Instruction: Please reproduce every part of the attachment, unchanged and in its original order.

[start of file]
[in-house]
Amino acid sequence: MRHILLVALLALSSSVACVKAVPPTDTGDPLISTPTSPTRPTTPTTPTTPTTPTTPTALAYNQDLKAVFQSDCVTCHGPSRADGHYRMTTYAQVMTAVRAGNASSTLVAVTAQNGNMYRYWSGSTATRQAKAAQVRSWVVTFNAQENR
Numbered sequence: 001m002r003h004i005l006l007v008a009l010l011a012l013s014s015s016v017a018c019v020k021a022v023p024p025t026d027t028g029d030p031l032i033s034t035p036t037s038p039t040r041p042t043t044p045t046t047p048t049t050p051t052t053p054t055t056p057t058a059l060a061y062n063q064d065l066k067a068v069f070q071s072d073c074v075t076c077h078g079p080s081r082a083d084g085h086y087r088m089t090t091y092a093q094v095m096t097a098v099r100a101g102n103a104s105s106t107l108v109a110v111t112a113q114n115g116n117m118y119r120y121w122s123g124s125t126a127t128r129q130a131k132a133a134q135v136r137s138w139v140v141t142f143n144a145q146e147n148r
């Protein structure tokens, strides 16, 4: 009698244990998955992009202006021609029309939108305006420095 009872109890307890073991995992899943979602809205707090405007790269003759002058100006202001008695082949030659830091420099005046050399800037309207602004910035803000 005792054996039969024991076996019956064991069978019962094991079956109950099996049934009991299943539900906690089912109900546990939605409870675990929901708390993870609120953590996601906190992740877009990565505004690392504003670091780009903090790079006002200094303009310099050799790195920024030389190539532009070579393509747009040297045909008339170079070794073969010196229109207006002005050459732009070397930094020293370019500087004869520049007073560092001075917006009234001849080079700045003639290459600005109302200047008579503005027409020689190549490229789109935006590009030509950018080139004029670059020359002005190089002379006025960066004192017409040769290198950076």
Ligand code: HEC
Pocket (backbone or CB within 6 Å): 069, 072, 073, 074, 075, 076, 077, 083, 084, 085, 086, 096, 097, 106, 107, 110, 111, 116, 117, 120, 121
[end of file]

[in-house]
Amino acid sequence: MRHILLVALLALSSSVACVKAVPPTDTGDPLISTPTSPTRPTTPTTPTTPTTPTTPTALAYNQDLKAVFQSDCVTCHGPSRADGHYRMTTYAQVMTAVRAGNASSTLVAVTAQNGNMYRYWSGSTATRQAKAAQVRSWVVTFNAQENR
Numbered sequence: 001m002r003h004i005l006l007v008a009l010l011a012l013s014s015s016v017a018c019v020k021a022v023p024p025t026d027t028g029d030p031l032i033s034t035p036t037s038p039t040r041p042t043t044p045t046t047p048t049t050p051t052t053p054t055t056p057t058a059l060a061y062n063q064d065l066k067a068v069f070q071s072d073c074v075t076c077h078g079p080s081r082a083d084g085h086y087r088m089t090t091y092a093q094v095m096t097a098v099r100a101g102n103a104s105s106t107l108v109a110v111t112a113q114n115g116n117m118y119r120y121w122s123g124s125t126a127t128r129q130a131k132a133a134q135v136r137s138w139v140v141t142f143n144a145q146e147n148r
């Protein structure tokens, strides 16, 4: 009698244990998955992009202006021609029309939108305006420095 009872109890307890073991995992899943979602809205707090405007790269003759002058100006202001008695082949030659830091420099005046050399800037309207602004910035803000 005792054996039969024991076996019956064991069978019962094991079956109950099996049934009991299943539900906690089912109900546990939605409870675990929901708390993870609120953590996601906190992740877009990565505004690392504003670091780009903090790079006002200094303009310099050799790195920024030389190539532009070579393509747009040297045909008339170079070794073969010196229109207006002005050459732009070397930094020293370019500087004869520049007073560092001075917006009234001849080079700045003639290459600005109302200047008579503005027409020689190549490229789109935006590009030509950018080139004029670059020359002005190089002379006025960066004192017409040769290198950076």
Ligand code: HEC
Pocket (backbone or CB within 6 Å): 069, 072, 073, 074, 075, 076, 077, 083, 084, 085, 086, 096, 097, 106, 107, 110, 111, 116, 117, 120, 121